introduction and summary
in today's competitive environment, the electronics industry is focusing on business process re-engineering or product improvements with emphasis on development and manufacturing intervals and costs, warranty costs, field reliability, and customer maintenance costs. some of the improvement methods used are cross-functional teams, concurrent engineering, simulation, six-sigma and robust design analysis, environmental stress testing (est), and many others. this paper describes the est method and its implementation in development and manufacturing processes.
est is an effective method for improving product reliability. electronic products typically have potential latent defects or weaknesses, which can cause failures during field operation. est is the application of stress tests at levels beyond design limits, to turn potential latent defects into failures; failure mode analysis (fma) is used to identify the root causes, and take corrective action. est is used during development to identify potential design margin weaknesses. in manufacturing, est is used to identify potential process and component latent defects, or to screen for specific failure mechanisms. the primary objective of est is to identify and correct any potential latent defects quickly, while minimizing the overall product cost. development and manufacturing groups, suppliers, and other equipment manufacturers (oems) may use and benefit from est.
background - examples
in the 1960s, space program suppliers used environmental stress screening (ess). production volume was small, hence, there was no effort to perform fma and identify the root causes. stress tests were applied at levels that simulated field operation and did not exceed the design limits.
the objective of ess was to screen the bad from the good product. in the 1970s, the ess approach was adopted by the military defense industry. military suppliers were required to perform ess on 100% of production. hence, ess was expensive. for details about ess, see reference .
in the 1980s, major electronic companies improved ess and created the est method. this method is used for improvements during development and manufacturing. est incorporates the use of fma and corrective action. the objective is to produce a robust and reliable product with lower overall cost. commercial companies such as at&t, boeing, hewlett packard and ibm, have been using est to improve their design and manufacturing processes, reduce warranty repairs, improve field reliability, and achieve significant cost savings. examples about est are presented in references [2-6].
an est program includes processes for development and manufacturing, suppliers, oems, and fma and corrective action. est processes are based on customer, market and internal requirements. an fma and corrective action process is needed for a timely identification of the failure mechanism(s) and correction. emphasis is placed on integrating the est processes in the development and manufacturing processes, and eliminating any duplication of tests.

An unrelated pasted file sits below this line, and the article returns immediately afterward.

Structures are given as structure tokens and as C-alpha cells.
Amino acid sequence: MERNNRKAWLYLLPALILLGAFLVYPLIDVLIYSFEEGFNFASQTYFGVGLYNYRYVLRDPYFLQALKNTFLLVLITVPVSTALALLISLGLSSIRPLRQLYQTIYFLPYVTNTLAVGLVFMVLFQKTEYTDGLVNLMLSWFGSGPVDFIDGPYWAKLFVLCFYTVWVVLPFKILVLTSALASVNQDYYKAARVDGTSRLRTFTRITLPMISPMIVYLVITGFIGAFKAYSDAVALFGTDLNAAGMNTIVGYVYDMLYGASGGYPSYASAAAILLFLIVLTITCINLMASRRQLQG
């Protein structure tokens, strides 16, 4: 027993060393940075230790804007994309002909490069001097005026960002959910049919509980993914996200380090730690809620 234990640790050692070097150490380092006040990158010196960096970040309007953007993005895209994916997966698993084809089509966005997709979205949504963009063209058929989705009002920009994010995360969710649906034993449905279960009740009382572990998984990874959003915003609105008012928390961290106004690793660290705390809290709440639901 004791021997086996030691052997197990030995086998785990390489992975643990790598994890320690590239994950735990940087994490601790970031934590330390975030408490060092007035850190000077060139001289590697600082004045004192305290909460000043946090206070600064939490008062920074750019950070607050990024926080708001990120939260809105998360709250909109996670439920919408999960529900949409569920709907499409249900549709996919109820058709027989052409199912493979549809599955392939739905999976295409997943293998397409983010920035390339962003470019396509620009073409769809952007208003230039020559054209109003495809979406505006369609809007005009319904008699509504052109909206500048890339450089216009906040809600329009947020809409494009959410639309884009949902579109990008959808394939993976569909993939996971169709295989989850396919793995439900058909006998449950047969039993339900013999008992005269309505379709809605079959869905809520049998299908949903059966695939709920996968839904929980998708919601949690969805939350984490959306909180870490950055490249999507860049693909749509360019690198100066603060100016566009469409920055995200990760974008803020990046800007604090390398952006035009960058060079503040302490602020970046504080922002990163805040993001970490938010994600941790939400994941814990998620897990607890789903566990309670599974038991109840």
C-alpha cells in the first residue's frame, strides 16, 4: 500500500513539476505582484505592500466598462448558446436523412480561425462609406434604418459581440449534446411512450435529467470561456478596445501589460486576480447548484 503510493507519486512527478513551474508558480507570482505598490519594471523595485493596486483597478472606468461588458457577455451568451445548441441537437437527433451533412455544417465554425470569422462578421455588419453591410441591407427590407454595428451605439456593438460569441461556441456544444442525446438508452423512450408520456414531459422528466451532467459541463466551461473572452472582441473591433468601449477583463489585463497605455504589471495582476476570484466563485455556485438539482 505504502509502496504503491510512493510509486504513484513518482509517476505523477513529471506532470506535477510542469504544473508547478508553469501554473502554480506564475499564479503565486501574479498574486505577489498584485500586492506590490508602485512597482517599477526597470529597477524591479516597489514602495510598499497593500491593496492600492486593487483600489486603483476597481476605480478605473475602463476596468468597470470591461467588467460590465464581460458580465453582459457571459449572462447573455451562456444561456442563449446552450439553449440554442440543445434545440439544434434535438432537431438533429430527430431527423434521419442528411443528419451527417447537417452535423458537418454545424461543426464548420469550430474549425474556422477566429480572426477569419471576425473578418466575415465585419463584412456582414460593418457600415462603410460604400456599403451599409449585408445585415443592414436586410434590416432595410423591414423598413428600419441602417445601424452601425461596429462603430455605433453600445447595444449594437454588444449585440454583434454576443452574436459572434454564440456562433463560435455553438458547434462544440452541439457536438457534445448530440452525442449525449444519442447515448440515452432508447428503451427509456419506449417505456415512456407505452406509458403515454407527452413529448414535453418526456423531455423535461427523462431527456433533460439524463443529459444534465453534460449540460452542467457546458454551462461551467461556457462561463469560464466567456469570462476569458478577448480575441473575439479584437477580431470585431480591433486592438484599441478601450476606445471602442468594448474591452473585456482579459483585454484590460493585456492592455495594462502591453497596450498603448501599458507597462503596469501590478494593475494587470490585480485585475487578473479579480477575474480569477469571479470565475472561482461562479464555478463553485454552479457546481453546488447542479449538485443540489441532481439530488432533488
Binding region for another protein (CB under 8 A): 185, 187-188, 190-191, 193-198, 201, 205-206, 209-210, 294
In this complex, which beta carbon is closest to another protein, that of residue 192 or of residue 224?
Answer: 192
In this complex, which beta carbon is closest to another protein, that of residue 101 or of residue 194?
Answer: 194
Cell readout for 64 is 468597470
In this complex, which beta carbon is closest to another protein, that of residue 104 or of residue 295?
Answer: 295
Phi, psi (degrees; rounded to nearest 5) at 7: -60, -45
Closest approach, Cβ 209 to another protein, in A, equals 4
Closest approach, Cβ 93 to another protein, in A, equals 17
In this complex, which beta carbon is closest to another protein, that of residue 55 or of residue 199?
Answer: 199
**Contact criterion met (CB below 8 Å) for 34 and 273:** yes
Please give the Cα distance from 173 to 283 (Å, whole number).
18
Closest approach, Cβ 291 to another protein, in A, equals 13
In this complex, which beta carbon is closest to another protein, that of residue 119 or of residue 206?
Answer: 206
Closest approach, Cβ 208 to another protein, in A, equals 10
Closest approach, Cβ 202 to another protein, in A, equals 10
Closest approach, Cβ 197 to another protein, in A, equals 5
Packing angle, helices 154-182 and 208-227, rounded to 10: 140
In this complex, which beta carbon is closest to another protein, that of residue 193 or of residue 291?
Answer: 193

the success of an est program implementation depends heavily on management's commitment and support. if that commitment exists, the manager will allocate the resources. a cross-functional team approach may be used. an est team is formed with representatives from development, manufacturing, component, qc/qa, and field repair groups. a team leader is responsible for leading and managing the est program. an fma coordinator oversees the fma activities. the team must be innovative, persistent, and willing to try novel methods. a change control (cc) system is recommended to document all the verified problems discovered due to est. a modification request (mr) should be entered in the cc system for each est failure. the use of such a system provides the visibility needed for the est failures and the timely corrective action.
certainly, every est team will discover problems. in either case, decisions must be made about stopping production, problem correction and customer shipments. the team should thoroughly analyze each situation separately. emphasis is placed on the magnitude of the defect, timely problem correction, warranty costs, and customer shipments. based on results, the manager can make a decision that will not jeopardize customer relationships and product sales.
stress tests and conditions
typical stress tests are, temperature, voltage and clock variation, temperature cycling, power cycling, humidity, thermal shock, random vibration, electro-static discharge (esd), emi susceptibility, and product specific tests. each stress test has the ability to stimulate different latent defects. for example, temperature is used to detect design margin flaws and component defects; temperature cycling is used to detect interconnection and packaging defects. stress tests should be combined and applied simultaneously, while the product is powered and monitored.
est may be applied on as few as 3-5 models. stress levels are increased in step increments and testing is continued until the product can operate at levels at least 20-30% higher than the required limits. for example, if the product must operate up to 50°c, it should be able to operate at least at 60°c. if the product fails, it should be repaired and testing continued until most models can operate at the desired stress levels. significant drawbacks are the availability of models, the ability to diagnose problems at high stress levels, and fma support by suppliers.
when est is used on production units to screen a specific failure mechanism, the stress tests should be applied above the required customer limits, but below the operating limits. a proof of screen should be developed to specify the appropriate stress levels for production units.
est may be applied on design models. the objective is to identify and correct any potential design margin weaknesses prior to initial production. stress tests are selected based on customer requirements, component technologies used, and field reliability of similar products. field repair, fma and failure mechanism data provide excellent input to the selection of the stress tests. at a minimum, the est process should include the stress tests listed above.